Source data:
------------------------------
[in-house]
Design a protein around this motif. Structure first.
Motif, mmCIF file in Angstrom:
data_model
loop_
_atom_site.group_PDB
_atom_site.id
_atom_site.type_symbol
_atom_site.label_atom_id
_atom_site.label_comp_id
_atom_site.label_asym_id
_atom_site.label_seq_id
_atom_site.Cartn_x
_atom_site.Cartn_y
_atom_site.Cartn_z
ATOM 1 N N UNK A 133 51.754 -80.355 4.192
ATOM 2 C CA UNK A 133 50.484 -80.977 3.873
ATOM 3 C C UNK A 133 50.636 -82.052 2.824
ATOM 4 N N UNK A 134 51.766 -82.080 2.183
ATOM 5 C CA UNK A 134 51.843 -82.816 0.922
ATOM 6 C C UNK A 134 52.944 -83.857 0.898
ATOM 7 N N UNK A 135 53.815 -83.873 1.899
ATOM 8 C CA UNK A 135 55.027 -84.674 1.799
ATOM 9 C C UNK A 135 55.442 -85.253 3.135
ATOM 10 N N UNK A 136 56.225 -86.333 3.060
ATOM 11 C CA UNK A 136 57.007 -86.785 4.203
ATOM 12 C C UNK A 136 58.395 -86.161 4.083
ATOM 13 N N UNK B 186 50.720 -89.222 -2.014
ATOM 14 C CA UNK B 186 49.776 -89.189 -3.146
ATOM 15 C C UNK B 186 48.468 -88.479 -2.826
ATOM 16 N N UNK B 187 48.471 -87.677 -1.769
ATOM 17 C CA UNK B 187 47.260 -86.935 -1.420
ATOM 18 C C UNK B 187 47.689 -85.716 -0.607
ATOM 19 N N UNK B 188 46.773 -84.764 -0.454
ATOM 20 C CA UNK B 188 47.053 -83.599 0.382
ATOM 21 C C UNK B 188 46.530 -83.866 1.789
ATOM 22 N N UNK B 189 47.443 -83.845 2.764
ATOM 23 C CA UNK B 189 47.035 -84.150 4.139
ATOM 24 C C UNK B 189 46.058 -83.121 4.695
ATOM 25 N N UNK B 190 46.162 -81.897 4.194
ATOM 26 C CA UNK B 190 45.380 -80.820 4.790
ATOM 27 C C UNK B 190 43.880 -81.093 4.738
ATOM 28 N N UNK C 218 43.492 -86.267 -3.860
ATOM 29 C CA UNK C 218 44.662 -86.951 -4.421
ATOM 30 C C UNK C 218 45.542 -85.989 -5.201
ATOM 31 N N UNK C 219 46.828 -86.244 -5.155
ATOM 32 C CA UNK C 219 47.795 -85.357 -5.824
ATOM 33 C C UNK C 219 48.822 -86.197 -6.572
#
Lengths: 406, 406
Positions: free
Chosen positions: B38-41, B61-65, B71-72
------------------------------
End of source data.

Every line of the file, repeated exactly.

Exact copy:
[in-house]
Design a protein around this motif. Structure first.
Motif, mmCIF file in Angstrom:
data_model
loop_
_atom_site.group_PDB
_atom_site.id
_atom_site.type_symbol
_atom_site.label_atom_id
_atom_site.label_comp_id
_atom_site.label_asym_id
_atom_site.label_seq_id
_atom_site.Cartn_x
_atom_site.Cartn_y
_atom_site.Cartn_z
ATOM 1 N N UNK A 133 51.754 -80.355 4.192
ATOM 2 C CA UNK A 133 50.484 -80.977 3.873
ATOM 3 C C UNK A 133 50.636 -82.052 2.824
ATOM 4 N N UNK A 134 51.766 -82.080 2.183
ATOM 5 C CA UNK A 134 51.843 -82.816 0.922
ATOM 6 C C UNK A 134 52.944 -83.857 0.898
ATOM 7 N N UNK A 135 53.815 -83.873 1.899
ATOM 8 C CA UNK A 135 55.027 -84.674 1.799
ATOM 9 C C UNK A 135 55.442 -85.253 3.135
ATOM 10 N N UNK A 136 56.225 -86.333 3.060
ATOM 11 C CA UNK A 136 57.007 -86.785 4.203
ATOM 12 C C UNK A 136 58.395 -86.161 4.083
ATOM 13 N N UNK B 186 50.720 -89.222 -2.014
ATOM 14 C CA UNK B 186 49.776 -89.189 -3.146
ATOM 15 C C UNK B 186 48.468 -88.479 -2.826
ATOM 16 N N UNK B 187 48.471 -87.677 -1.769
ATOM 17 C CA UNK B 187 47.260 -86.935 -1.420
ATOM 18 C C UNK B 187 47.689 -85.716 -0.607
ATOM 19 N N UNK B 188 46.773 -84.764 -0.454
ATOM 20 C CA UNK B 188 47.053 -83.599 0.382
ATOM 21 C C UNK B 188 46.530 -83.866 1.789
ATOM 22 N N UNK B 189 47.443 -83.845 2.764
ATOM 23 C CA UNK B 189 47.035 -84.150 4.139
ATOM 24 C C UNK B 189 46.058 -83.121 4.695
ATOM 25 N N UNK B 190 46.162 -81.897 4.194
ATOM 26 C CA UNK B 190 45.380 -80.820 4.790
ATOM 27 C C UNK B 190 43.880 -81.093 4.738
ATOM 28 N N UNK C 218 43.492 -86.267 -3.860
ATOM 29 C CA UNK C 218 44.662 -86.951 -4.421
ATOM 30 C C UNK C 218 45.542 -85.989 -5.201
ATOM 31 N N UNK C 219 46.828 -86.244 -5.155
ATOM 32 C CA UNK C 219 47.795 -85.357 -5.824
ATOM 33 C C UNK C 219 48.822 -86.197 -6.572
#
Lengths: 406, 406
Positions: free
Chosen positions: B38-41, B61-65, B71-72